Long-tailed DuckClangula hyemalis
- ORDER: Anseriformes
- FAMILY: Anatidae
The attractive Long-tailed Duck breeds in the high Arctic and spends winters mostly along ocean coasts. The stunning males have two mirror-image plumages: in summer mostly black with a white face patch; in winter mostly white with rich brown, black, and gray on the face. In all plumages they have extravagantly long, slender tail feathers. Females and immatures are smudgy brown and white, without the long tail. These prodigious divers can feed as deep as 200 feet, swimming with their wings, catching invertebrates and small fish.More ID Info
Find This Bird
Look for Long-tailed Ducks in the winter, when the species filters down into the Great Lakes and protected bays along both coasts. They can form large flocks, but often remain out of sight of land. Weather and sea-ice coverage can push them close to shore where their yodeling calls bring attention to them. Scan the water carefully, and bring or borrow a spotting scope to be sure of getting the best possible views.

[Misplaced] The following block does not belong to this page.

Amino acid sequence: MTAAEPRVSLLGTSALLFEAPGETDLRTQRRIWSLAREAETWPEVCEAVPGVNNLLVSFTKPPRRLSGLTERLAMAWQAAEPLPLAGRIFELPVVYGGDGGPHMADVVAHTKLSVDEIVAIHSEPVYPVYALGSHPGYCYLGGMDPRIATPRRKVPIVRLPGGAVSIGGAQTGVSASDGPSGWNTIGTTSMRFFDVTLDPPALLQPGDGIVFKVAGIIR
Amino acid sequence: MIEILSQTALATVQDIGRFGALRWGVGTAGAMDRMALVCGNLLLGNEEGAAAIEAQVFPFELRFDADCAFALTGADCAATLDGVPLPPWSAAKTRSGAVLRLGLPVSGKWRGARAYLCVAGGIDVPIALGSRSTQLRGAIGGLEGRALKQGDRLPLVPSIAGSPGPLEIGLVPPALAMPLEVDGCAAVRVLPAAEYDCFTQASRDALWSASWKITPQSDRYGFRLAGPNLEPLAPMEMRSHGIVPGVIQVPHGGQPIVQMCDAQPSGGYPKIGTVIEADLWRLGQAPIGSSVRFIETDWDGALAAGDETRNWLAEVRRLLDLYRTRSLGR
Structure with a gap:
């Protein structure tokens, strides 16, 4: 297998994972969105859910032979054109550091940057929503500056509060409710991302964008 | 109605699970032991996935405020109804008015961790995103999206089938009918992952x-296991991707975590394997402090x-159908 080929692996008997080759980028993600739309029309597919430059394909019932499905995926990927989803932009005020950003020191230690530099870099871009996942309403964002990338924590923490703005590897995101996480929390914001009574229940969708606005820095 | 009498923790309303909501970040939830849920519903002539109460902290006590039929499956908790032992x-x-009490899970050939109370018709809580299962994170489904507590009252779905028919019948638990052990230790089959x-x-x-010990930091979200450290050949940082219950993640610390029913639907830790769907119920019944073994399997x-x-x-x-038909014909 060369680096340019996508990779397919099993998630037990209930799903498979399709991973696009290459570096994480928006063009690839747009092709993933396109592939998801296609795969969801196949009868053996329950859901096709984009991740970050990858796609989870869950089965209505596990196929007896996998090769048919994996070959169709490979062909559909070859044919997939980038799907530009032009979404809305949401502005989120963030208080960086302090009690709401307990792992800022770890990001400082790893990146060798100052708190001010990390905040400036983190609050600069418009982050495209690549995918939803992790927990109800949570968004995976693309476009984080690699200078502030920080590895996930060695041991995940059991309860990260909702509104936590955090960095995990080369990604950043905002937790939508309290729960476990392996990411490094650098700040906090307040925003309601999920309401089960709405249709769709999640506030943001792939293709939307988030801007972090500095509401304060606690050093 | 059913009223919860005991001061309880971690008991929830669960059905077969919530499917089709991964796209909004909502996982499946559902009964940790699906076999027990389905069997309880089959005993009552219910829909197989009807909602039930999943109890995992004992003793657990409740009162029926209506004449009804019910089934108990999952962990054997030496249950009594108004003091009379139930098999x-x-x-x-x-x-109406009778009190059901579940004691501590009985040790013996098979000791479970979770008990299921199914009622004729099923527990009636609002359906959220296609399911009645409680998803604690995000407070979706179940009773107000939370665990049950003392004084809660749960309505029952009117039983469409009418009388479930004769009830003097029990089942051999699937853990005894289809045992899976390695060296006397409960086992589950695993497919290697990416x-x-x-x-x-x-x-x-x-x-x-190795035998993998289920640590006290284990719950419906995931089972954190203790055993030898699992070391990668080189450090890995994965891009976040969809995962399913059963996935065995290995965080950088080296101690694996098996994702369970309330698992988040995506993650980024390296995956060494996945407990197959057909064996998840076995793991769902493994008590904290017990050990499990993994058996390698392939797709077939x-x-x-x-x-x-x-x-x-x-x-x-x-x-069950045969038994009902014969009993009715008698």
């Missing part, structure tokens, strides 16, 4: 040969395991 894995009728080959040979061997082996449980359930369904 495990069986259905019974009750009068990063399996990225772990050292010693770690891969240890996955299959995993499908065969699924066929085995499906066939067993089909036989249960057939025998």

- Pato Havelda (Spanish)
- Harelde kakawi (French)
- Cool Facts
- Long-tailed Ducks are amazing divers—able to swim down as deep as 200 feet to forage.
- Of all the diving ducks, Long-tailed Ducks log the most time underwater. During foraging excursions, they spend 3 or 4 times as long underwater as on the surface.
- The Long-tailed Duck has an unusual pattern and timing to molting its feathers. Technically, the feathers it wears in winter are its "breeding" plumage. In the spring it molts into what is technically the "nonbreeding" plumage, and it wears this all summer. Most ducks molt into nonbreeding plumage for only a brief period in late summer.
- The oldest recorded Long-tailed Duck was a female, and at least 17 years old when she was found in Alaska.